Nice, eh? Tidy. Clean. Green. (Fortunately, there are always people who will be sensible and realize things like ... oh, like maybe there's a better wood to use for paper than Douglas Fir, and maybe we don't need to use trees at all for really good paper ... people figure things out.)

And that, my friends, is why I do not panic at the gloom and doom predictions of humans having caused global climate change that will lead to a great warming of the earth and melting of the polar ice caps and flooding of everything in the Northern Americas, right up to the Dakotas and parts of Canada. (Okay, I haven't heard it stated in quite those terms, but very nearly.) See, when I was in high school, shortly after the Base Two Math craze, and at the beginnings of the Paper Will Be Obsolete craze, we were also in the midst of a Global Cooling craze. Thaaaat's right. Global Cooling. It was imminent. Immediate. On our very doorsteps. Another Ice Age - right around the corner. Uh huh. Right. Climates change - that's what they do. And people figure things out. That's what they do. (And meanwhile, they sell magazines with headlines like "be worried - be very worried.")

Today I heard about one more thing that people have figured out. It's just so cool! Or, should I say, she is just so cool? Her name is IRENE - and in this picture, Peter Alyea, a digital conservation specialist at the Library of Congress, scans a record from the 1930s.

See, here's the deal. These old recordings are so fragile that if they're played, they fall apart. So they're taking pictures of the recordings, and playing the pictures!

IRENE isn't perfect. It removes pops and clicks, but it sometimes has a hissing noise in the background. Still, the Library of Congress finds all this encouraging enough that it has started testing the system on hundreds of discs, what Alyea describes as a kind of simulation of what a mass digitization project would be like.

When taking flat photographs, it can create a three-dimensional image of the groove on a record, or on an old wax cylinder. Haber been working with the University of California's Phoebe Hearst Museum of Anthropology, to reconstruct sound from field recordings, like one wax cylinder made around 1911 that features a Native American called Ishi.

Haber says it's amazing to hear these voices from the past. "There's this whole human and cultural component to what we're looking at," says Haber, whose main job is studying subatomic particles at Lawrence Berkeley National Laboratory in California. "That makes it wonderful."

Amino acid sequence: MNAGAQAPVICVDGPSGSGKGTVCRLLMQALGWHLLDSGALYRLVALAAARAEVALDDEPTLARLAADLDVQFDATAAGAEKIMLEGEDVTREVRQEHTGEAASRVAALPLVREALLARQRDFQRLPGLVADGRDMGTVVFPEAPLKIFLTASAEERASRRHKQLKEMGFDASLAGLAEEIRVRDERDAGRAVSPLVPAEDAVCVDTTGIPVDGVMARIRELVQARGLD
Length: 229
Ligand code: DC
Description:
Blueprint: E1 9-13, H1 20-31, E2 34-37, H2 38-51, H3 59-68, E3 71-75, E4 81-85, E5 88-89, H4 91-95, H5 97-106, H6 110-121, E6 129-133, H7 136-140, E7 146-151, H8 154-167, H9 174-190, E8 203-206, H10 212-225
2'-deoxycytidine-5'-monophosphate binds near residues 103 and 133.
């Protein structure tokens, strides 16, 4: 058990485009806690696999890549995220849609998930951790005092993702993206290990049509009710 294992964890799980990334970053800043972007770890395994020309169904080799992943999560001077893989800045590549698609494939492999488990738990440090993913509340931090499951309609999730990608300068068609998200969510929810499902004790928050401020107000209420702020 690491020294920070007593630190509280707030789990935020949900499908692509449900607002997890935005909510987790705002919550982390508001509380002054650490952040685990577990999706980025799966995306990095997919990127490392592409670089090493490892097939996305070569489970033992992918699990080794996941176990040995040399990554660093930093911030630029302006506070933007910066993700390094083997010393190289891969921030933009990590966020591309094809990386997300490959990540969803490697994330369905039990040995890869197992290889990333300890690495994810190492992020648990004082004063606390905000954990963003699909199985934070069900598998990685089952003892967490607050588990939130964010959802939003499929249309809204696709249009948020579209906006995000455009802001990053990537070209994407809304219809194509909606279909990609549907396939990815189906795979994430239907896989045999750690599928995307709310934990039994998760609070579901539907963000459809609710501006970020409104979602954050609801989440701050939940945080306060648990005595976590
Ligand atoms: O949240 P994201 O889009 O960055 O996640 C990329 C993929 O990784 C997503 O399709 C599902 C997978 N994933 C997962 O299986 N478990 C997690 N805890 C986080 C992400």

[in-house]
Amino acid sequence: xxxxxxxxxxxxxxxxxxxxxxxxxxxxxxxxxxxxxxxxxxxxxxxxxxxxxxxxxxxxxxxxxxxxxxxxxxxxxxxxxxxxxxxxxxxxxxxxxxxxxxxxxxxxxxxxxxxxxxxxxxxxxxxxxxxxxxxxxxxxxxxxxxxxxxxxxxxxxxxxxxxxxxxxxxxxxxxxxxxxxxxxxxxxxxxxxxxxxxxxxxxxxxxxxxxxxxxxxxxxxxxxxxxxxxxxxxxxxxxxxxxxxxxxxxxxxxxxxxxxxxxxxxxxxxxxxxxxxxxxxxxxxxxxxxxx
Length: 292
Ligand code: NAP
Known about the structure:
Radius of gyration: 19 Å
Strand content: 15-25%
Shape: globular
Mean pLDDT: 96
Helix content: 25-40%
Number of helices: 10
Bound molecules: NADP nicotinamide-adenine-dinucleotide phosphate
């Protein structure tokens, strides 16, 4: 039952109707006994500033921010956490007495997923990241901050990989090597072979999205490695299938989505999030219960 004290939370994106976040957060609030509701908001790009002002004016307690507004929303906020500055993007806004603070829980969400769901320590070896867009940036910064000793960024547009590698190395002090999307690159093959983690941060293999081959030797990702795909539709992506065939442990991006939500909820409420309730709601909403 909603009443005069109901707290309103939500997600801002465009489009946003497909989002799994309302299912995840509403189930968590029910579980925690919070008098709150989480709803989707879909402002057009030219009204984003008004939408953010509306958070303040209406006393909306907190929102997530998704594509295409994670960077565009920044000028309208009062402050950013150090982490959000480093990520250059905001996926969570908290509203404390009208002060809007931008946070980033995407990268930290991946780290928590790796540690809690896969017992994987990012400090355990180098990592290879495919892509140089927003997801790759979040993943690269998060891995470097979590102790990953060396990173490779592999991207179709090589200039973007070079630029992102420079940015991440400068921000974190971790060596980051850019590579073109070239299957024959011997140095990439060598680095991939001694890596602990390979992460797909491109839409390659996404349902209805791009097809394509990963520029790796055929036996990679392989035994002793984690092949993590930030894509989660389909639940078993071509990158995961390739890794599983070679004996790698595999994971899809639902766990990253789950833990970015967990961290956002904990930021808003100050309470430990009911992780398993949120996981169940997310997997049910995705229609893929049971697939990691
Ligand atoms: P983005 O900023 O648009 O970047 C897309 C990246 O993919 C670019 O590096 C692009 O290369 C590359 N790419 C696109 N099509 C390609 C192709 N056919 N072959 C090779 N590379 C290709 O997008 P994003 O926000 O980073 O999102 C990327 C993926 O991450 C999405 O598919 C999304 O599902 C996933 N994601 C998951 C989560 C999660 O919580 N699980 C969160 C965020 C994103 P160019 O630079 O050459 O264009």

For the full story, and an interactive test you can do to listen to the results, go to NPR's website. And please. Don't talk to me about the doomed anything. I'm not stupid - stuff on earth comes and goes - I know the going happens. But so does the coming. People figure things out.


You Are a Plain Ole Cup of Joe

But don't think plain - instead think, uncomplicated
You're a low maintenance kind of girl... who can hang with the guys
Down to earth, easy going, and fun! Yup, that's you: the friend everyone invites.
And your dependable too. Both for a laugh and a sympathetic ear.
What Kind of Coffee Girl Are You?

That's what this quiz site said about me ... but ... I dunno ... they didn't have the options I really wanted. I bet they'd draw a different conclusion if it was an essay test instead of multiple choice.

Our House is a very very very fine house

We have one of these:

His name is Yogi - World's Ugliest Goat. His other name used to be The Defoliant - but now he's so old he's more on a par with other goats. In the fall, we all know (for miles around) that he is a Billy. If you don't know what that means, look it up - unless you can smell him - and then you already know the what if not the why.

And we have these:

The one on the left is "my" dog - her name is Libby. She's supposed to be a Border Collie, and several pounds ago, you'd have believed me. At this time, however, she is in imminent danger of becoming a formless heap of dogliness. I should walk her more (ha! yeah, right). The one on the right is Sarah's dog and her name is Katie, and for some weird reason she never gets matted hair or too much bulk. We do not understand this because taking her for a walk entails perpetual motion. If the humans stop walking, Kate does not just sit. She lies down. And stays.

Sarah also lays claim to this:

Please note: the member of the household with the most claim to the critters is the member that does not reside at this address. I saw this happen in my uncle's family ... and then in the one my parents run ... you'd have thought I'd have known better. But here we are. Kate the dog and Gemma the cat, and they're both Sarah's critters.

It's July - and this year, it's the first time there have been as many good weather days in a row as are necessary for getting the hay in sometimes we don't have to wait until July.

This means that in the month of my birthday and our anniversary, we have the house being assaulted for its own good and the hay being gathered for the good of the animals (only, there's just the one cow and the World's Ugliest Goat now, so we're selling most of it when it's bailed).

Next year, the anniversary will be #25 -- I'm thinking someone else can put in the hay.